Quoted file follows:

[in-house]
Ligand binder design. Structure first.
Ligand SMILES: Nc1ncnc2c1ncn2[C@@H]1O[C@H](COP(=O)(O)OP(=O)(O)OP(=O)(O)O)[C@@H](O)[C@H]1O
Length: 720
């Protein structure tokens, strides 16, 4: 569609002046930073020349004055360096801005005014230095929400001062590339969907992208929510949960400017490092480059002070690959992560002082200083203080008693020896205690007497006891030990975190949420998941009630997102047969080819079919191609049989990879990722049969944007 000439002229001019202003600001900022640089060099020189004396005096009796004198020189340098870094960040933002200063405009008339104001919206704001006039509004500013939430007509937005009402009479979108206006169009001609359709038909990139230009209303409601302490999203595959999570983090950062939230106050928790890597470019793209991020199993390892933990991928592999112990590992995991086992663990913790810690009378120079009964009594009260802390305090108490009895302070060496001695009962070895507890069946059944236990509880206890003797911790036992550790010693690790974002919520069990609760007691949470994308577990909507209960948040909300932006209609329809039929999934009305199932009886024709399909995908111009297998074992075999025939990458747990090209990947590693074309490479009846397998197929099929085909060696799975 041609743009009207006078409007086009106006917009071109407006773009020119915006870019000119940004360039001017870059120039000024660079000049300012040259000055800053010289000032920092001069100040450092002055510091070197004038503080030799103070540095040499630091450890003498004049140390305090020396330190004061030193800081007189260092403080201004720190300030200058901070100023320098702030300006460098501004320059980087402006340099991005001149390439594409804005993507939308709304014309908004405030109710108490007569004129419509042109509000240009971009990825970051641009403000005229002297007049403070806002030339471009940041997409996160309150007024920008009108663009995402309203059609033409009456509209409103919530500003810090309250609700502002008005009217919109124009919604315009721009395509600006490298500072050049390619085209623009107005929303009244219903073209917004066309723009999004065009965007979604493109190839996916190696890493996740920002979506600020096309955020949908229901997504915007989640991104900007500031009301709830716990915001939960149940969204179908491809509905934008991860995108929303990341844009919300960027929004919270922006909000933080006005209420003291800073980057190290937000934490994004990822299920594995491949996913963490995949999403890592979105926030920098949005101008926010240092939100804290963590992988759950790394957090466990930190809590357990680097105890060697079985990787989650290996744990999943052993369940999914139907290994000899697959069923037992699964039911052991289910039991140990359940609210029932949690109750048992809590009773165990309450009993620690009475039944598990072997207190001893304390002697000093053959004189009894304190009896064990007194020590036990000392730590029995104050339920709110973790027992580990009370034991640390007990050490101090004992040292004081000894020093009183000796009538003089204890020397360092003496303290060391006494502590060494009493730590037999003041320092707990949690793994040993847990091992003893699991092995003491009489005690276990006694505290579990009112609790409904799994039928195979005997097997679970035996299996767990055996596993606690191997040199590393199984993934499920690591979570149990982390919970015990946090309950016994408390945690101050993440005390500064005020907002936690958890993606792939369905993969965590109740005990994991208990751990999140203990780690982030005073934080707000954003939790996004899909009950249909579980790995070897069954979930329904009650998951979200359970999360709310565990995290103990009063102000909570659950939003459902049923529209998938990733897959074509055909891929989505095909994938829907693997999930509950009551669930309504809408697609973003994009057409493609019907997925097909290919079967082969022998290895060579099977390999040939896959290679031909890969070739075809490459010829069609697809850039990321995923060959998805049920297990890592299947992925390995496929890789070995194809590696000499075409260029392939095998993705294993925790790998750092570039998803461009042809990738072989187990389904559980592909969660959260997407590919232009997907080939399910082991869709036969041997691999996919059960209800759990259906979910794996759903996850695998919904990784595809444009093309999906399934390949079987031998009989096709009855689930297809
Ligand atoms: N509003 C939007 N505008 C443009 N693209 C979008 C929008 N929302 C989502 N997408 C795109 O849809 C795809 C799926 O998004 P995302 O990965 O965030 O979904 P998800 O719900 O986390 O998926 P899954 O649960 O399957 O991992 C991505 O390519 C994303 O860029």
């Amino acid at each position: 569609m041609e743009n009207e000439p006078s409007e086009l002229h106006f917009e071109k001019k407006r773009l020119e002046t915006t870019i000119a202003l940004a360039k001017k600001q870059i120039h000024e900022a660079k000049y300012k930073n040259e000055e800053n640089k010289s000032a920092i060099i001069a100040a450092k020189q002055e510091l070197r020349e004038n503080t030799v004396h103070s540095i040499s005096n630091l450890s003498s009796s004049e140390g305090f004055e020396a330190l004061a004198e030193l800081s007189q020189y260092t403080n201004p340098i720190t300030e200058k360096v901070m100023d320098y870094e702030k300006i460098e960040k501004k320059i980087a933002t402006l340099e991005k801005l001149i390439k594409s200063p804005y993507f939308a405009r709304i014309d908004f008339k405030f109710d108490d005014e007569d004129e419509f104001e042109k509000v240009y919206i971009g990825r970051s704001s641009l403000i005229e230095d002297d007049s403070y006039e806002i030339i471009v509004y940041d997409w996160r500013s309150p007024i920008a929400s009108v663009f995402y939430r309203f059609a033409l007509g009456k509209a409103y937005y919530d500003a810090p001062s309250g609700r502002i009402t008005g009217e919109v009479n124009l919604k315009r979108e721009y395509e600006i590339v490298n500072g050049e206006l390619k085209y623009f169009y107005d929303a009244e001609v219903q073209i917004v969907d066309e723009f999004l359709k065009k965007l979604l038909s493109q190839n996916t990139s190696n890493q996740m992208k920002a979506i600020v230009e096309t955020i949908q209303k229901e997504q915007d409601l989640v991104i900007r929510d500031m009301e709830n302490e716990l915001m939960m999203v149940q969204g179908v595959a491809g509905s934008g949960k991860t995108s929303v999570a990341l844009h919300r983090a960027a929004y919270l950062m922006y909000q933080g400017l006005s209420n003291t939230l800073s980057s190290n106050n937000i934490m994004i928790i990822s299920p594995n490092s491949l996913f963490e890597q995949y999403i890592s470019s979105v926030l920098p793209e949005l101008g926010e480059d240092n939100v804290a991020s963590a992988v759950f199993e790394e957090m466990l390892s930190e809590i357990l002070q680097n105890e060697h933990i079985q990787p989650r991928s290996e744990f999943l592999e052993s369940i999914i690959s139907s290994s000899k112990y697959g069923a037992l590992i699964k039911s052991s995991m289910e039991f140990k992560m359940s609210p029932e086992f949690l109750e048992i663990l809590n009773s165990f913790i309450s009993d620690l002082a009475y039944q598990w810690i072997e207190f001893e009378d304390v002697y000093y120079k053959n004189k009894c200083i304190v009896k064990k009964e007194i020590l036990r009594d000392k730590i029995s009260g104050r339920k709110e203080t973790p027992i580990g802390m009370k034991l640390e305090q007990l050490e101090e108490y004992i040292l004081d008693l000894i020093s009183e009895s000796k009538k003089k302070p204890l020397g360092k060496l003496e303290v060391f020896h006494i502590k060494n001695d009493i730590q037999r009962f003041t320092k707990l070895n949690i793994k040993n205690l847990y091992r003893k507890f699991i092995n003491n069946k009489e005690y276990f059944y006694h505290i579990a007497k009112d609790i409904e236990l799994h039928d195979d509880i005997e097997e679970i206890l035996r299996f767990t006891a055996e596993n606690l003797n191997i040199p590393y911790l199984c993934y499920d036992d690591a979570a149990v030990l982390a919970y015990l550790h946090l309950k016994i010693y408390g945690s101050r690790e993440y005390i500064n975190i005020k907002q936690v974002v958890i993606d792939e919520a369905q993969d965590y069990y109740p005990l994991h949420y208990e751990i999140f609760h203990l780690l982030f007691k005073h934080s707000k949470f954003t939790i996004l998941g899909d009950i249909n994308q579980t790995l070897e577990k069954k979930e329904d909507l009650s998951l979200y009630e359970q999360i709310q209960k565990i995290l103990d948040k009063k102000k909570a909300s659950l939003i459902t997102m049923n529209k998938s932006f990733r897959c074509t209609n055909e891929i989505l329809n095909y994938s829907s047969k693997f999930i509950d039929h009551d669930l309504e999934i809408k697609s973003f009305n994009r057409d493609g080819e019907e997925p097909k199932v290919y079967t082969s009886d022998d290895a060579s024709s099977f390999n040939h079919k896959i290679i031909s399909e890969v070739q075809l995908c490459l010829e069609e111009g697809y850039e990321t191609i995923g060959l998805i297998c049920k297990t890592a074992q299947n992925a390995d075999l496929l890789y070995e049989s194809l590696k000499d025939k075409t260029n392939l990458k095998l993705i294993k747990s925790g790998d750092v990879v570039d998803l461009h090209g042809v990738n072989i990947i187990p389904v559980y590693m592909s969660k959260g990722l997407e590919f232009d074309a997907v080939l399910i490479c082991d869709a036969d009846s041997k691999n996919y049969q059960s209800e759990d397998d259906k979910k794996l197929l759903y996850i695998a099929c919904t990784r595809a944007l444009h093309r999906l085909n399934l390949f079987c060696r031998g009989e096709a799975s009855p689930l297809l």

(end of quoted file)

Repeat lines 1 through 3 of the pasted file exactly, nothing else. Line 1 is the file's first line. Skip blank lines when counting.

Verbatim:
[in-house]
Ligand binder design. Structure first.
Ligand SMILES: Nc1ncnc2c1ncn2[C@@H]1O[C@H](COP(=O)(O)OP(=O)(O)OP(=O)(O)O)[C@@H](O)[C@H]1O